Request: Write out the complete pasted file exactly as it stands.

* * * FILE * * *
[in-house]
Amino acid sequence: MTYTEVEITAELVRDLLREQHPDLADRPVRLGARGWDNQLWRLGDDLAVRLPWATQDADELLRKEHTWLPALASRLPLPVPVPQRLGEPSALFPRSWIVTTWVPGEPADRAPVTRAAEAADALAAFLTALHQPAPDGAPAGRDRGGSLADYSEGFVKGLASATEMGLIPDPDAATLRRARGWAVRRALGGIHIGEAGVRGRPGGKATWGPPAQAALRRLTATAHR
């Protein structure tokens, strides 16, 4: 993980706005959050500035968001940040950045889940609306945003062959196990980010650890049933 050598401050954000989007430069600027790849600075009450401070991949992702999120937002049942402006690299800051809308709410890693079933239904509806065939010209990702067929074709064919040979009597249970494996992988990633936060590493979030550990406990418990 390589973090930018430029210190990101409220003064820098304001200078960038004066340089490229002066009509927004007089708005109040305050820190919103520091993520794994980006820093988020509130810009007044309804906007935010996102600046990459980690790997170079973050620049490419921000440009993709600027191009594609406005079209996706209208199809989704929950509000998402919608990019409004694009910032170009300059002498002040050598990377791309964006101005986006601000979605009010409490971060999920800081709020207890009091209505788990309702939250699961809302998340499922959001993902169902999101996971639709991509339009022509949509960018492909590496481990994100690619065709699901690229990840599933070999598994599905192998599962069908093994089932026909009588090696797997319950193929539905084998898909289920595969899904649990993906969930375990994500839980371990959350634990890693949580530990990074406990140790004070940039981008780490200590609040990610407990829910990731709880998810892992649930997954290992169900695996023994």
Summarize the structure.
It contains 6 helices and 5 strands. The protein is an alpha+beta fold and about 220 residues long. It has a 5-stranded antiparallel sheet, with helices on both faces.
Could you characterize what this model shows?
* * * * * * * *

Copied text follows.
[in-house]
Amino acid sequence: MTYTEVEITAELVRDLLREQHPDLADRPVRLGARGWDNQLWRLGDDLAVRLPWATQDADELLRKEHTWLPALASRLPLPVPVPQRLGEPSALFPRSWIVTTWVPGEPADRAPVTRAAEAADALAAFLTALHQPAPDGAPAGRDRGGSLADYSEGFVKGLASATEMGLIPDPDAATLRRARGWAVRRALGGIHIGEAGVRGRPGGKATWGPPAQAALRRLTATAHR
């Protein structure tokens, strides 16, 4: 993980706005959050500035968001940040950045889940609306945003062959196990980010650890049933 050598401050954000989007430069600027790849600075009450401070991949992702999120937002049942402006690299800051809308709410890693079933239904509806065939010209990702067929074709064919040979009597249970494996992988990633936060590493979030550990406990418990 390589973090930018430029210190990101409220003064820098304001200078960038004066340089490229002066009509927004007089708005109040305050820190919103520091993520794994980006820093988020509130810009007044309804906007935010996102600046990459980690790997170079973050620049490419921000440009993709600027191009594609406005079209996706209208199809989704929950509000998402919608990019409004694009910032170009300059002498002040050598990377791309964006101005986006601000979605009010409490971060999920800081709020207890009091209505788990309702939250699961809302998340499922959001993902169902999101996971639709991509339009022509949509960018492909590496481990994100690619065709699901690229990840599933070999598994599905192998599962069908093994089932026909009588090696797997319950193929539905084998898909289920595969899904649990993906969930375990994500839980371990959350634990890693949580530990990074406990140790004070940039981008780490200590609040990610407990829910990731709880998810892992649930997954290992169900695996023994």
Summarize the structure.
It contains 6 helices and 5 strands. The protein is an alpha+beta fold and about 220 residues long. It has a 5-stranded antiparallel sheet, with helices on both faces.
Could you characterize what this model shows?